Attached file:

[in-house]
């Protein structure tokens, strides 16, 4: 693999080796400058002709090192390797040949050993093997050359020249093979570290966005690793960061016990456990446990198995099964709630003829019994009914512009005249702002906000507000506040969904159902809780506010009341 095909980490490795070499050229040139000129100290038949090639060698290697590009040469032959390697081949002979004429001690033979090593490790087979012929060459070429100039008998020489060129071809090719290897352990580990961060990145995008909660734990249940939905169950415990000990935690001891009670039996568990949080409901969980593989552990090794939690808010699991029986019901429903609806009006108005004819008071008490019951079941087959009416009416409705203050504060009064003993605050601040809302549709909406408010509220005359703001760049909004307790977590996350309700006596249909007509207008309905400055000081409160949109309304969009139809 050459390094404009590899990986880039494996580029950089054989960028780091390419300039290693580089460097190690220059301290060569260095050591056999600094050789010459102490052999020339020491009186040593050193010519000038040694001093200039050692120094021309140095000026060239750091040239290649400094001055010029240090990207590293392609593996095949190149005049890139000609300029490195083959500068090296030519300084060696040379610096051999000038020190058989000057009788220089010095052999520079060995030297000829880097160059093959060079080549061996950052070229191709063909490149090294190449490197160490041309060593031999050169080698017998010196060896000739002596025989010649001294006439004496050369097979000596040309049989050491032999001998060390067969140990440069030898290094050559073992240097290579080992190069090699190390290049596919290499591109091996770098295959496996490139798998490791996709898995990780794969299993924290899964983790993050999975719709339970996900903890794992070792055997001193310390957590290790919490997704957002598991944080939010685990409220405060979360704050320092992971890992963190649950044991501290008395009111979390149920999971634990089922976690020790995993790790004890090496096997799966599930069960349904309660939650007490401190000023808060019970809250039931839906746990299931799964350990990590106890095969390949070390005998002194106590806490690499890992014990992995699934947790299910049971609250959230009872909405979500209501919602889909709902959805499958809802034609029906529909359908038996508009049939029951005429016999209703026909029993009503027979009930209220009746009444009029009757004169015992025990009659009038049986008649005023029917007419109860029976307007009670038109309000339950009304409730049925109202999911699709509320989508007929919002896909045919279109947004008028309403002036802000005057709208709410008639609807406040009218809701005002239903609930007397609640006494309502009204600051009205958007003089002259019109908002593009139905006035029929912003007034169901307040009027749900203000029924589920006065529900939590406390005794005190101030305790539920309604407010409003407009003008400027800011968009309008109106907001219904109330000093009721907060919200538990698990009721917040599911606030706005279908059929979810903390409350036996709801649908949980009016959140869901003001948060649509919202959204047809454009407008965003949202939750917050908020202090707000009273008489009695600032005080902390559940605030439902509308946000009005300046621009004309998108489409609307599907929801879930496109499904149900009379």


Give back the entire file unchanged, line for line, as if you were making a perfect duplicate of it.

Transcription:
[in-house]
């Protein structure tokens, strides 16, 4: 693999080796400058002709090192390797040949050993093997050359020249093979570290966005690793960061016990456990446990198995099964709630003829019994009914512009005249702002906000507000506040969904159902809780506010009341 095909980490490795070499050229040139000129100290038949090639060698290697590009040469032959390697081949002979004429001690033979090593490790087979012929060459070429100039008998020489060129071809090719290897352990580990961060990145995008909660734990249940939905169950415990000990935690001891009670039996568990949080409901969980593989552990090794939690808010699991029986019901429903609806009006108005004819008071008490019951079941087959009416009416409705203050504060009064003993605050601040809302549709909406408010509220005359703001760049909004307790977590996350309700006596249909007509207008309905400055000081409160949109309304969009139809 050459390094404009590899990986880039494996580029950089054989960028780091390419300039290693580089460097190690220059301290060569260095050591056999600094050789010459102490052999020339020491009186040593050193010519000038040694001093200039050692120094021309140095000026060239750091040239290649400094001055010029240090990207590293392609593996095949190149005049890139000609300029490195083959500068090296030519300084060696040379610096051999000038020190058989000057009788220089010095052999520079060995030297000829880097160059093959060079080549061996950052070229191709063909490149090294190449490197160490041309060593031999050169080698017998010196060896000739002596025989010649001294006439004496050369097979000596040309049989050491032999001998060390067969140990440069030898290094050559073992240097290579080992190069090699190390290049596919290499591109091996770098295959496996490139798998490791996709898995990780794969299993924290899964983790993050999975719709339970996900903890794992070792055997001193310390957590290790919490997704957002598991944080939010685990409220405060979360704050320092992971890992963190649950044991501290008395009111979390149920999971634990089922976690020790995993790790004890090496096997799966599930069960349904309660939650007490401190000023808060019970809250039931839906746990299931799964350990990590106890095969390949070390005998002194106590806490690499890992014990992995699934947790299910049971609250959230009872909405979500209501919602889909709902959805499958809802034609029906529909359908038996508009049939029951005429016999209703026909029993009503027979009930209220009746009444009029009757004169015992025990009659009038049986008649005023029917007419109860029976307007009670038109309000339950009304409730049925109202999911699709509320989508007929919002896909045919279109947004008028309403002036802000005057709208709410008639609807406040009218809701005002239903609930007397609640006494309502009204600051009205958007003089002259019109908002593009139905006035029929912003007034169901307040009027749900203000029924589920006065529900939590406390005794005190101030305790539920309604407010409003407009003008400027800011968009309008109106907001219904109330000093009721907060919200538990698990009721917040599911606030706005279908059929979810903390409350036996709801649908949980009016959140869901003001948060649509919202959204047809454009407008965003949202939750917050908020202090707000009273008489009695600032005080902390559940605030439902509308946000009005300046621009004309998108489409609307599907929801879930496109499904149900009379």